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Finally the bright yellow flowers are brightening the landscape – a sure sign that spring is here to stay.

Hard to believe that herbalists have great appreciation for this marvelous creation of nature? We use flowers, buds, leaves and roots as food and medicine. My grand kids nibble on the flowers and young leaves.

Last year I made a crown out of Dandelion flowers for my then 4 year old grand daughter. She was wearing it proudly as we walked into Canadian Tire. With great joy I observed the reactions of customers especially when we were wandering around the Round-up shelf. So much fun!

Be creative and “brave” – eat flowers and young leaves, add both to salads, make a Dandelion flower cold infusion. decorate ice creams and cakes … and most of all, have fun and be grateful for the gift of this plant that most consider to be a pesky weed.

DANDELION – Taraxacum off. – Asteraceae famly
PARTS USED: Roots, stems, leaves and flowers
Roots: Spring before flowering or fall after first frost
Leaves: Early spring, throughout summer (leaves increase in bitter taste with age)
Flowers: When in full bloom
Rich in minerals such as calcium, iron, copper, magnesium, manganese, phosphorus, potassium, selenium, silicon, and zinc. Vitamins A, B complex, C and D.
Carotenoids, fatty acids, flavenoids and phytosterols.
NOTE: The roots are exceptionally high in vitamin A

Leaf: Diuretic (high in potassium) – Choleretic (stimulates bile production by liver) – Aperient (mild laxative)
Root: Bitter digestive tonic; nutritive – Choleretic, cholagogue – Aperient, laxative – Anti-rheumatic, anit-inflammatory (animal studies)
Sap: Keratolytic (breaks down outer layer of skin)
Leaf: Water retention
Root: Inadequate bile production, gallstones, liver/gall bladder insufficiency, congestive jaundice, Dyspepsia, lack of appetite
Sap of stalks, roots, or leaves: Warts, cankers
Infusions (leaves; flowers) – Decoctions (root) – Tinctures – Vinegars (roots, leaves, flowers) – Infused Oils – Salves – Food (leaves, petals, young roots)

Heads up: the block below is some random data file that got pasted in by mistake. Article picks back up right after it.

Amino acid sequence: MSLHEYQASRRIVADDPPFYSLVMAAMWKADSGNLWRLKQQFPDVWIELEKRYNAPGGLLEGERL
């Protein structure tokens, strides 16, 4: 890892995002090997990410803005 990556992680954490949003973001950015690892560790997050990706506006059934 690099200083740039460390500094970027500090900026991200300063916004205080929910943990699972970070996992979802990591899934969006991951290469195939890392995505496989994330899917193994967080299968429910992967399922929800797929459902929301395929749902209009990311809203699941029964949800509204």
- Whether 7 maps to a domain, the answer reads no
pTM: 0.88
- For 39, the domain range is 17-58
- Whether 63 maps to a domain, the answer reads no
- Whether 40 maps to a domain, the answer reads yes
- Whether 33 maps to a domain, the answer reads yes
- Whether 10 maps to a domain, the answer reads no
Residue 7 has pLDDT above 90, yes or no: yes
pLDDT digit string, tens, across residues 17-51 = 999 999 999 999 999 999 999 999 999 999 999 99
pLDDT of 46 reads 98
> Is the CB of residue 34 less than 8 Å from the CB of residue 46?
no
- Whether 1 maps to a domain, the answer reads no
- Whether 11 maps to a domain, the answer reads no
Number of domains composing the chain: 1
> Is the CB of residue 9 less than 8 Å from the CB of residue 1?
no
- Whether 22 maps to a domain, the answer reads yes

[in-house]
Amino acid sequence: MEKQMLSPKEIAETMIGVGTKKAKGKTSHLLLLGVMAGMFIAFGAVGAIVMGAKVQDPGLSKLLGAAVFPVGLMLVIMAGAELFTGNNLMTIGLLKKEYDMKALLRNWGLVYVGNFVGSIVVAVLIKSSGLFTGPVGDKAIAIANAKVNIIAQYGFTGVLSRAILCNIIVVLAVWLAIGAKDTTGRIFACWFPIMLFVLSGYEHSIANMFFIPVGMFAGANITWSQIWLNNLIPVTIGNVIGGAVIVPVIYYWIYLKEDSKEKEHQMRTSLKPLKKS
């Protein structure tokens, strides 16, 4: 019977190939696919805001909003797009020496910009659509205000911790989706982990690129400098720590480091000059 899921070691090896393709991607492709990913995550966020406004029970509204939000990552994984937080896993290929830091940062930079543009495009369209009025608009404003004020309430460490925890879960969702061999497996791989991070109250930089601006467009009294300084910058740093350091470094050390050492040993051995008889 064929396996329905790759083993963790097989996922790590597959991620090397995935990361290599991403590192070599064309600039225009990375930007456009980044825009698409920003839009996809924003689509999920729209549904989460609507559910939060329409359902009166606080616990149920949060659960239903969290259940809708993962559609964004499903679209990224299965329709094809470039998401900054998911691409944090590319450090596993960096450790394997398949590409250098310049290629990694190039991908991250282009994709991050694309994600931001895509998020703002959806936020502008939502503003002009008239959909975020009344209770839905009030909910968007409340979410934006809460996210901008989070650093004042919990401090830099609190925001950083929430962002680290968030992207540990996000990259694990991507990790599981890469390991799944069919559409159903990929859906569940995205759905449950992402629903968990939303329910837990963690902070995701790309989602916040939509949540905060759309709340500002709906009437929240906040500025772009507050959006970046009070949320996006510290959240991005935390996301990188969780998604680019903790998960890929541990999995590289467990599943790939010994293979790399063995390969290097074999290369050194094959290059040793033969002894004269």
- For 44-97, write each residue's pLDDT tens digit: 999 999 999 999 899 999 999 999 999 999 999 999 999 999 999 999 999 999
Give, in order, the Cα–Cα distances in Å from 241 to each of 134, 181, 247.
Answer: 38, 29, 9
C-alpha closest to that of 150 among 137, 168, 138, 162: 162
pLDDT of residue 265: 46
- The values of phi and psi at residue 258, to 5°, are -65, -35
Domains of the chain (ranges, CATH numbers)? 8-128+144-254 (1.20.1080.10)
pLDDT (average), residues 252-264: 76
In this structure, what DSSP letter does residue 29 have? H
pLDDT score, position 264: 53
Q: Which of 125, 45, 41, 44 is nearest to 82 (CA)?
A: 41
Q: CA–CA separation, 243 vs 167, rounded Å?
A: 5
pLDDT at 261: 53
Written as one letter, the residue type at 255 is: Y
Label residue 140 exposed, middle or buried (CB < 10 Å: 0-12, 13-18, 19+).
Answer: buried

No reported toxicity; however some people experience sensitivity reactions


In the following weeks I will share information about some of the so-called weeds and how you can add them to your food menu. Many of the “weeds” have a greater nutritional value than cultivated vegetables.

Let’s start with the “pesky” DANDELION that adds so much vibrant yellow to the landscape right now; the blossoms look like little suns reaching up to the sky. Dandelion is a great friend for an ailing digestive system. Medicinally the leaves are used internally as a diuretic and stimulant for the gall bladder; the root provides support for the digestive system especially the liver. The milky juice from the stems is applied externally to warts and skin blemishes.

Dandelion GREENS are more nutritious than spinach; they contain many vitamins (i.e. vitamin A, C and D) and minerals (i.e. calcium, potassium and iron). Another constituent, photosterols support the body by preventing the accumulation of cholesterol.

The greens should be harvested before the flowers appear; either for immediate use or kept in the fridge for up to 5-6 days after they have been rinsed with cold water. You may want to store them in a damp dish towel. Leaves that are lighter in colour have less of a bitter taste as do younger leaves.

FOOD USES: My favorite is to add Dandelion greens to a salad, scrambled eggs or the Jungle Juice (see previous post). You can also add them to smoothies, guacamole or baking such as pancakes, muffins and biscuits.

Dried leaves, stored in an airtight container, can be prepared as an infusion (tea).

FLOWERS: Gather while in full bloom and fully open. Pluck the petals and add to any baking or water to make a cold infusion. Dandelion flowers don’t keep well, therefore they should be used within a few hours of harvesting. You can also make wine or syrup from the flowers.

ENJOY and be creative. Feel free to share your Dandelion experiences and recipes.

Stay tuned for the next weedy post.